Indiana Senate Approves Bill that Could Eliminate a Dozen Occupational Licenses

A bill that could sunset over a dozen licenses was passed by the Indiana State Senate, 36-13. The bill now heads to the House for approval. Fortunately, SB 520 has the backing of Indiana Gov. Mike Pence.

If passed, the bill would create the Eliminate, Reduce, and Streamline Employee Regulation (ERASER) Committee, to, well, eliminate, reduce, and streamline employee regulation. The ERASER Committee would then review 13 different licenses that would be slated for elimination, “unless the general assembly takes action…to retain the licenses.” Members of a profession would need to convince legislators that their occupation truly needs to be licensed, thereby shifting the burden of proof for reform. Even if a license is preserved, it would be up for review again in five years.

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The full list of occupations includes athlete agents, dietitians, professional geologists, home inspectors, interior designers, land surveyors, massage therapists, professional soil scientists, auctioneers, real estate brokers, certified surgical technologists, behavior analysts and “beauty culture.” Under Indiana state law, beauty culture covers not only cosmetologists, but barbers, electrologists, estheticians and manicurists as well.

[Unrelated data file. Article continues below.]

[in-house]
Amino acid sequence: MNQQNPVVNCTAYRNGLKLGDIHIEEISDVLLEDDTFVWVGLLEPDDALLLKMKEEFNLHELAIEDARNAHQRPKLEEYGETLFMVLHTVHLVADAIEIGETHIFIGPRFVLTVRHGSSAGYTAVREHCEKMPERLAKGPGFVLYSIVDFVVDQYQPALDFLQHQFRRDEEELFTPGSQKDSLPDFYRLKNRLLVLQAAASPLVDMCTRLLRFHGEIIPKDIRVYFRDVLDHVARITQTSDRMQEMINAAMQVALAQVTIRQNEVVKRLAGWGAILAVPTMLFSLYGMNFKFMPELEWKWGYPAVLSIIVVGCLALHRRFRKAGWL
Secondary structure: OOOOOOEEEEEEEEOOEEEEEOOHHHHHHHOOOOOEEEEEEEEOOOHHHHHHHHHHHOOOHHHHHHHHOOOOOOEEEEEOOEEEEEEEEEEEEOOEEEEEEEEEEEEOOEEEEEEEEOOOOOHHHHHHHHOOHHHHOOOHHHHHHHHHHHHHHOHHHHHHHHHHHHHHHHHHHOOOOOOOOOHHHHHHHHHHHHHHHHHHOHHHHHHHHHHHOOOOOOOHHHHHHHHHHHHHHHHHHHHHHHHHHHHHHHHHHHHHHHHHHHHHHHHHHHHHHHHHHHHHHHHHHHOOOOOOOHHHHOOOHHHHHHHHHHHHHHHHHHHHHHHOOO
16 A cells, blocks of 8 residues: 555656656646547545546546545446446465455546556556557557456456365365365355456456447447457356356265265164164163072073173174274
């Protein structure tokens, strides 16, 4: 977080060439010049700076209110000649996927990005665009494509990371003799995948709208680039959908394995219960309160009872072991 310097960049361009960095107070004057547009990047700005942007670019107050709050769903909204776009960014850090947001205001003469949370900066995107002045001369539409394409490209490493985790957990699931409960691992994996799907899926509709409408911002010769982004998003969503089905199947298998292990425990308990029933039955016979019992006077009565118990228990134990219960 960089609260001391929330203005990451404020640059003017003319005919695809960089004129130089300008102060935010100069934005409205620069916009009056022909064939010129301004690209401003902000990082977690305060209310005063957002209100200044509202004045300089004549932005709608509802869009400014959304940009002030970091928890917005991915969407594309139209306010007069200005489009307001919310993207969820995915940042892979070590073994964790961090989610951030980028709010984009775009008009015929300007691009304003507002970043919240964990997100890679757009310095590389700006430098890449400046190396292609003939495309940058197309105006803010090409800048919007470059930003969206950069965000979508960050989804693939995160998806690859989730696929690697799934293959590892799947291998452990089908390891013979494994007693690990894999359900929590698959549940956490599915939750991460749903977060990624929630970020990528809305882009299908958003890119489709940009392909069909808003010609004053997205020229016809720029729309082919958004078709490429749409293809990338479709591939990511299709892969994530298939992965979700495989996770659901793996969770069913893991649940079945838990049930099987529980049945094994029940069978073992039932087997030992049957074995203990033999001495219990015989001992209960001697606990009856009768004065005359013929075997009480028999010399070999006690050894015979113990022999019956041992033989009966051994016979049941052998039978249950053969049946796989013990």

Cosmetologists have lobbied the hardest against reform. As the owner of a beauty academy in Terre Haute put it, “Deregulation for this industry would really not help this state…You could actually have someone die, say, over skincare.”

According to License to Work, a report published by the Institute for Justice, a cosmetologist needs 10 times as much experience as an emergency medical technician to be licensed in Indiana.

Sadly, this is not the first time cosmetologists have sought protect themselves from competition through licensing schemes. In Nevada, IJ is fighting for the right of makeup artists to teach others how to apply makeup without being hit with $2,000 fines if they don’t have a cosmetology license—even though makeup artists aren’t required to have a cosmetology license themselves. Last year, the Institute for Justice won a federal court case that freed hair braiders in Utah from needing 2,000 hours of government-mandated cosmetology training that had little, if anything, to do with African hairbraiding.

Let’s hope Indiana follows the lead of Salt Lake County, Utah, which slashed dozens of licensing restrictions back in February.

 

-- Nick Sibilla

Nick Sibilla is a writer at the Institute for Justice

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